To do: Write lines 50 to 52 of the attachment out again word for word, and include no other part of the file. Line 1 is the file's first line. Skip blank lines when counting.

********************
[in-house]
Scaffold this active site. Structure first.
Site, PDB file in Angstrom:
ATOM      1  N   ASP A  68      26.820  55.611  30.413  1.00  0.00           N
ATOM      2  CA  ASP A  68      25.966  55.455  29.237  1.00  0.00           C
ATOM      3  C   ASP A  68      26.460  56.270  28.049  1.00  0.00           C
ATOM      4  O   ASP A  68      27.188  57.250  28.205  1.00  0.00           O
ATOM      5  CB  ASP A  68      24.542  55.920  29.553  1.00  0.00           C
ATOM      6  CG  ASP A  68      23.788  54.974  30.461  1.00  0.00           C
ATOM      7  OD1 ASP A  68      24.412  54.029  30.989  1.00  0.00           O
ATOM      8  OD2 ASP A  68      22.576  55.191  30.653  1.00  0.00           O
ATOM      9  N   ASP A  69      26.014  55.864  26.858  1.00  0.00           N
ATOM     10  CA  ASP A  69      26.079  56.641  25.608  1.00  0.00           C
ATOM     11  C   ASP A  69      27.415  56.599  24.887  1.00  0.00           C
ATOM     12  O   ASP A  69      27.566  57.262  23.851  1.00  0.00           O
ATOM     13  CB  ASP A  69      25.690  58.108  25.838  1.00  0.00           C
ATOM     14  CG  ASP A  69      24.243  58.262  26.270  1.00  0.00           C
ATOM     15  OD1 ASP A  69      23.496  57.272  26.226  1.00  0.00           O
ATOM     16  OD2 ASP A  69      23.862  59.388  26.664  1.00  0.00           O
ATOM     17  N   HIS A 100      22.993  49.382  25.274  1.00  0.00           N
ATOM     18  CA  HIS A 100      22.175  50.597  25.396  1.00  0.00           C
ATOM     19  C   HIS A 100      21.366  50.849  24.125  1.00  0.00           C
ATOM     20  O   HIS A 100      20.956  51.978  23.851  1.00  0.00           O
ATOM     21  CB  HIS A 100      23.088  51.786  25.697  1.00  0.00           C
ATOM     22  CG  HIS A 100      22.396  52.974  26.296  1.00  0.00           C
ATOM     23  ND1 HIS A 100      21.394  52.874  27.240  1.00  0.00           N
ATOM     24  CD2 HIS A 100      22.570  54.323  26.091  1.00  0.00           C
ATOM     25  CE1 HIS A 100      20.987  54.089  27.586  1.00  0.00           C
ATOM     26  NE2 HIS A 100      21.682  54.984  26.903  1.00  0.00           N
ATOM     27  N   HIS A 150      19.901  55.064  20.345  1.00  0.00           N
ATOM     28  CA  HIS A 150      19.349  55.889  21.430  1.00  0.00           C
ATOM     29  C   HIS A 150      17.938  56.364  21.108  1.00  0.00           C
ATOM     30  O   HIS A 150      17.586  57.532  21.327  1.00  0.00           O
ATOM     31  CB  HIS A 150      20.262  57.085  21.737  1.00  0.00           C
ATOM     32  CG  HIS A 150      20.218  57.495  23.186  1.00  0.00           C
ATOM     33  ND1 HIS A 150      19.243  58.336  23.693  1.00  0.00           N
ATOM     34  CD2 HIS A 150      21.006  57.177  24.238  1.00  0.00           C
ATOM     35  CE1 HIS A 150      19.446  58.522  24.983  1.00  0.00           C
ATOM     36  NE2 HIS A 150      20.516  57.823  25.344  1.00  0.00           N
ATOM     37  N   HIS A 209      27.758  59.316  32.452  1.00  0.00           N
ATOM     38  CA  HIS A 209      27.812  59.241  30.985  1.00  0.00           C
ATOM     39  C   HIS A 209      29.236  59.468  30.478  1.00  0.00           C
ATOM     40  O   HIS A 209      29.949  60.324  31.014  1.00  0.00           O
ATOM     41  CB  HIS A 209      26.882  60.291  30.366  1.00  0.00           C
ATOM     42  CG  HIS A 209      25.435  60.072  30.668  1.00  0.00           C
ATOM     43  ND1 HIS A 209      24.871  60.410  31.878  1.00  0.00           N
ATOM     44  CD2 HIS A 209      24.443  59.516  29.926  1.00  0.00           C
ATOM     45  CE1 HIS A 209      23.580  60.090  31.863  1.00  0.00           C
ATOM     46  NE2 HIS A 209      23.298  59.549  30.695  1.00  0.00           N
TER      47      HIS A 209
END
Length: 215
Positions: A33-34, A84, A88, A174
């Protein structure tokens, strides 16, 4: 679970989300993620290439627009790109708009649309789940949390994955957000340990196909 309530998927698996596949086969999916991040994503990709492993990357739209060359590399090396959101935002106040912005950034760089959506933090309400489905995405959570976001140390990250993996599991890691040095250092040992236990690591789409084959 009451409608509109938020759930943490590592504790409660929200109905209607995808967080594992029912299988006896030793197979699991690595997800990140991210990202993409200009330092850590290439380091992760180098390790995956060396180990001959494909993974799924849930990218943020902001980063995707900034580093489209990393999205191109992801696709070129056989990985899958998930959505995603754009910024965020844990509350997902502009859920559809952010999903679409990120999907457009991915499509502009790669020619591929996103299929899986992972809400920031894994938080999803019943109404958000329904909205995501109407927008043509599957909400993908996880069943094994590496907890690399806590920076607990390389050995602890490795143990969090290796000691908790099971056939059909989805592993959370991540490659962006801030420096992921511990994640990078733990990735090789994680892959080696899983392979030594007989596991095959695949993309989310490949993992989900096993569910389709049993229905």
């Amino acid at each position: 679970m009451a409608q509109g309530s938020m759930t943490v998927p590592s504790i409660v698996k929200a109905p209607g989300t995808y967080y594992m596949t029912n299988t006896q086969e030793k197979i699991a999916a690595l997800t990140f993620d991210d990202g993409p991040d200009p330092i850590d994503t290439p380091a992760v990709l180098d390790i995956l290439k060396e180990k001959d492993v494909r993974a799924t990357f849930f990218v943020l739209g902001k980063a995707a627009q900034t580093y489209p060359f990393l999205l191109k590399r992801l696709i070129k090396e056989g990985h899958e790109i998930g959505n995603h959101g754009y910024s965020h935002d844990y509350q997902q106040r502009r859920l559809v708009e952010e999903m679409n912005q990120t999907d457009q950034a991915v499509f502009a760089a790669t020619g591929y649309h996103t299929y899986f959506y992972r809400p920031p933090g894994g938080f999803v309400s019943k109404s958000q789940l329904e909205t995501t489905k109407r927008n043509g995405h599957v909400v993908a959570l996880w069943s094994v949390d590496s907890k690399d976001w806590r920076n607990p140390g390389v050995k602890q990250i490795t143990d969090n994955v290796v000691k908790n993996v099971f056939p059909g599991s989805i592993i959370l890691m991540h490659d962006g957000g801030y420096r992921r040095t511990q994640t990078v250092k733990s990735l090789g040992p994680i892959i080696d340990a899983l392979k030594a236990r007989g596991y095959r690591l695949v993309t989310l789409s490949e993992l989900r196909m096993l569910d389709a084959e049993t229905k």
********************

TER      47      HIS A 209
END
Length: 215